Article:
Outside perceptions of life in North Korea are usually reserved to the country’s capital, Pyongyang, with its showcase apartment blocks and grand monuments to beloved leaders past and present.
Save for the tourists who may get the occasional excursion to a coastal city or rural village, most people think of the capital when they think of the DPRK.
In the DPRK’s northeast, where one of the world’s most isolated countries meets China and Russia, life is very different. A hotspot for defections, the black market, and North Korea’s rapidly changing relations with its neighbors, the towns along the Tumen River and the border don’t get a lot of coverage.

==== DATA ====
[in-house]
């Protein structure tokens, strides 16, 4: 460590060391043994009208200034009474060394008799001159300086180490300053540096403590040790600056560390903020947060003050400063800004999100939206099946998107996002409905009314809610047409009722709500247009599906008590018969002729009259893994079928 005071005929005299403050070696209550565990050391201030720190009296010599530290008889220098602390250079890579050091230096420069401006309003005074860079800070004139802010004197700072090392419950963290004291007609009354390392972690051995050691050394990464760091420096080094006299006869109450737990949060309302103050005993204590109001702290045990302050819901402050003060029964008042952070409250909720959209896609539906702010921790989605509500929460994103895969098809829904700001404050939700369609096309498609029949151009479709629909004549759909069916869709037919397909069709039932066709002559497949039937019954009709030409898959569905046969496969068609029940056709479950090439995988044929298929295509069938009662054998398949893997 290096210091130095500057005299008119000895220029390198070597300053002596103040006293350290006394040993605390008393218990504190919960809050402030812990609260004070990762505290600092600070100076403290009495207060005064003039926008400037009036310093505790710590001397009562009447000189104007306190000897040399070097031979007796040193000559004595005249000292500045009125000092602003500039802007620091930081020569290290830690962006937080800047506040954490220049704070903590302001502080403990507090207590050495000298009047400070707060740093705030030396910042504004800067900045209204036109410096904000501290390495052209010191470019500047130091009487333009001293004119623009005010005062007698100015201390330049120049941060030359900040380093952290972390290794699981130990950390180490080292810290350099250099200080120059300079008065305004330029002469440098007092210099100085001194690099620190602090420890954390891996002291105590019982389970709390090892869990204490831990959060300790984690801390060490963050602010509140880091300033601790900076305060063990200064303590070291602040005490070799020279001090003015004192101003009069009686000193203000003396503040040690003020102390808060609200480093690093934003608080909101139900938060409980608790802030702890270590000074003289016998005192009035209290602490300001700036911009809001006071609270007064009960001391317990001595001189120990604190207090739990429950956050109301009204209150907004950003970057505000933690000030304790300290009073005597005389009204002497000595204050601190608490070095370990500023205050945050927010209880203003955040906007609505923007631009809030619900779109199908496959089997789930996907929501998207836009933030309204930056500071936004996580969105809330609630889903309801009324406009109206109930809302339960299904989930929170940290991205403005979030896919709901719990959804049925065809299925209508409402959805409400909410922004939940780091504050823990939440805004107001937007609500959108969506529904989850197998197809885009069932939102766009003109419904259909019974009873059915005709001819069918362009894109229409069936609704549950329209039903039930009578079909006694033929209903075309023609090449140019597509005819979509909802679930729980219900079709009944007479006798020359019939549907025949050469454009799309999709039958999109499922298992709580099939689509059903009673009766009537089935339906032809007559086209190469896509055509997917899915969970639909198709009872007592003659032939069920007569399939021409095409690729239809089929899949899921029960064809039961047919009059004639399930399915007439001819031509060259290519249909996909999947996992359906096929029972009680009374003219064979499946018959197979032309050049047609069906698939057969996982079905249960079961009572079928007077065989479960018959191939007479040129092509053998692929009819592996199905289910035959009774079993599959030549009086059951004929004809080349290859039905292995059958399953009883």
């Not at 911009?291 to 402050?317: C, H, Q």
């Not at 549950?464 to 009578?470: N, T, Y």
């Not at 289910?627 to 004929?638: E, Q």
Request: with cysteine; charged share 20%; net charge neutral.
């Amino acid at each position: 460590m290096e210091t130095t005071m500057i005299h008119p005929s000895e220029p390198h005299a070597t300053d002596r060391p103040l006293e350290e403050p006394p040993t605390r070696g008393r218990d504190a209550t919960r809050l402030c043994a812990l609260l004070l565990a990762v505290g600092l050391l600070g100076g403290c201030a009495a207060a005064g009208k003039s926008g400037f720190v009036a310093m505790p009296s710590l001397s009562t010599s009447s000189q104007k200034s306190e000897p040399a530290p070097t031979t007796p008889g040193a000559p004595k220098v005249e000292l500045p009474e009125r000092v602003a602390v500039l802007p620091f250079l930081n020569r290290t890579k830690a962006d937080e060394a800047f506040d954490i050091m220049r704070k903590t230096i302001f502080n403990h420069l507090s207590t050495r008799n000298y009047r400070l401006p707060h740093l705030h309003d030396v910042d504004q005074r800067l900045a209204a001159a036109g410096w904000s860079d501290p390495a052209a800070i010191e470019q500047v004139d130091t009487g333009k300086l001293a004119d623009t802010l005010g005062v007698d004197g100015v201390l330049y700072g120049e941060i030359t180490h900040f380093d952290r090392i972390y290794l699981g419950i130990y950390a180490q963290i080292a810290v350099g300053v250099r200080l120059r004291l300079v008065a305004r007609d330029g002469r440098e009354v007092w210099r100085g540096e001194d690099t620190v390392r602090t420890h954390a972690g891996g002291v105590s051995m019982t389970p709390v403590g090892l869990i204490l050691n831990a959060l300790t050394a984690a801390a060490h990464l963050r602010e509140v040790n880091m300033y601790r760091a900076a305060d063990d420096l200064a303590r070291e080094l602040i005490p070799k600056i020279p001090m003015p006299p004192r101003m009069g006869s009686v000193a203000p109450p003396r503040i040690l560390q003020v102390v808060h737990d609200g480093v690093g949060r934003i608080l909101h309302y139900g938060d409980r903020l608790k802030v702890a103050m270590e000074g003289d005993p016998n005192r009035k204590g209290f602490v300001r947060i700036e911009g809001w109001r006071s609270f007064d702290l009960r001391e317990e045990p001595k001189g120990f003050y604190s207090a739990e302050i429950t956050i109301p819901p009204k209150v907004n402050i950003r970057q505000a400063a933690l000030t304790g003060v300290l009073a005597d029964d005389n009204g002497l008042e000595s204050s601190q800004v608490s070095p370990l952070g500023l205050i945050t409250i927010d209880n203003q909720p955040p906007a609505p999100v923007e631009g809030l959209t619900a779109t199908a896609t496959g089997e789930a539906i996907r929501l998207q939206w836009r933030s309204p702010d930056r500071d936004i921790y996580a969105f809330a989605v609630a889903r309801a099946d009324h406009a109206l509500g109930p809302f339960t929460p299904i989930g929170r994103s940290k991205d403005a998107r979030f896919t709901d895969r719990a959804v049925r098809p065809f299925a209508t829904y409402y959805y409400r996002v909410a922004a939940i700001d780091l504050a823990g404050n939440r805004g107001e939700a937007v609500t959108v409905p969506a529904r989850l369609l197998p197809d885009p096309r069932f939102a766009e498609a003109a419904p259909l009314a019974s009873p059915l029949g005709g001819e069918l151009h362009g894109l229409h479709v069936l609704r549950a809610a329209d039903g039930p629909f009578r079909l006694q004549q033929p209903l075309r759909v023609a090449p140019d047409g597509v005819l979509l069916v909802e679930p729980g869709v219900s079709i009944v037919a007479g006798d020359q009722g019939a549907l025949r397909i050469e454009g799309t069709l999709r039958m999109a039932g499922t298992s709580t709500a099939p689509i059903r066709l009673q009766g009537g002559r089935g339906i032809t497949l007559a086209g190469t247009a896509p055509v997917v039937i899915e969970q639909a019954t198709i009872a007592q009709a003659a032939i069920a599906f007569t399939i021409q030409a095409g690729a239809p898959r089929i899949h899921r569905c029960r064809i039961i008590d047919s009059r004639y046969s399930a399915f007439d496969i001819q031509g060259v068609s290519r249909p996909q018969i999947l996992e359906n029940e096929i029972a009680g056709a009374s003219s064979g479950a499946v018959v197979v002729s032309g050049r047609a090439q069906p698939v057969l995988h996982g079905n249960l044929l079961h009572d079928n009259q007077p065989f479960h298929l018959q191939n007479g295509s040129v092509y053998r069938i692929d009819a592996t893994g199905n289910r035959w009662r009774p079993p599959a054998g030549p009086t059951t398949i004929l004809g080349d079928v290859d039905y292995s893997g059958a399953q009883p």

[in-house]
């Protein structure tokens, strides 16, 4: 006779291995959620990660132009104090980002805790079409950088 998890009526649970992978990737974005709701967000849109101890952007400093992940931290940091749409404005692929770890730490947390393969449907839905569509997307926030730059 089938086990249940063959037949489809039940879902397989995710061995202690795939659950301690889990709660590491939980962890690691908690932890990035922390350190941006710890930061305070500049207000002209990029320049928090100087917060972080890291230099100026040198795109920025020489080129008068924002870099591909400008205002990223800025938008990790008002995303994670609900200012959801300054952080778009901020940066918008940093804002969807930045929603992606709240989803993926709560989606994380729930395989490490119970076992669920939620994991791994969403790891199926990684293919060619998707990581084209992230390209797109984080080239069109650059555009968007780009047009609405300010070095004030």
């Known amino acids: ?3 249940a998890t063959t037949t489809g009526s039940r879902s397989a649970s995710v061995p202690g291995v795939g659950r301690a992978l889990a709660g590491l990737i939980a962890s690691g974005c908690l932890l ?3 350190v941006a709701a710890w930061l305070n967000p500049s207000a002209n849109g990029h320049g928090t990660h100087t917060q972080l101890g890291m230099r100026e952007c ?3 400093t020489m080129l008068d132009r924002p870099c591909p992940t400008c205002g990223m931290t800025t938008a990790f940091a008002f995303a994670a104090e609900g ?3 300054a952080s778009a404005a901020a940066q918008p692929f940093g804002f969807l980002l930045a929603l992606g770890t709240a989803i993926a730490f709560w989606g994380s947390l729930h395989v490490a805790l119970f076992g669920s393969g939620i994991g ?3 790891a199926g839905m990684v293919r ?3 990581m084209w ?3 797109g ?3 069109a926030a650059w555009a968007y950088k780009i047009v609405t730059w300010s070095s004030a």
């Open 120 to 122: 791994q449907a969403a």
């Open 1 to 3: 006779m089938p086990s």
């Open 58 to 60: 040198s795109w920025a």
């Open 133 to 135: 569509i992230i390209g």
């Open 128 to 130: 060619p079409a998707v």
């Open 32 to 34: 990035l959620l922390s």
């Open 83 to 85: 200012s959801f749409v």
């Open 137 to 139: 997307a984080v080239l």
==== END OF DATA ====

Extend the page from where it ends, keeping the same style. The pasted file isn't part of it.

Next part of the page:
And when NK News obtained photos taken in February from the Chinese border of this little-covered region, we wanted to find out what life is like in North Korea’s borderlands, where a vast majority of defectors now come from.
For Suhyang Park and Jeson Hoang, who defected in 2012 and 2011 respectively, this was the North Korea they knew best, only visiting the capital once or twice in their lives.
So what do they make of life on the frontier these days?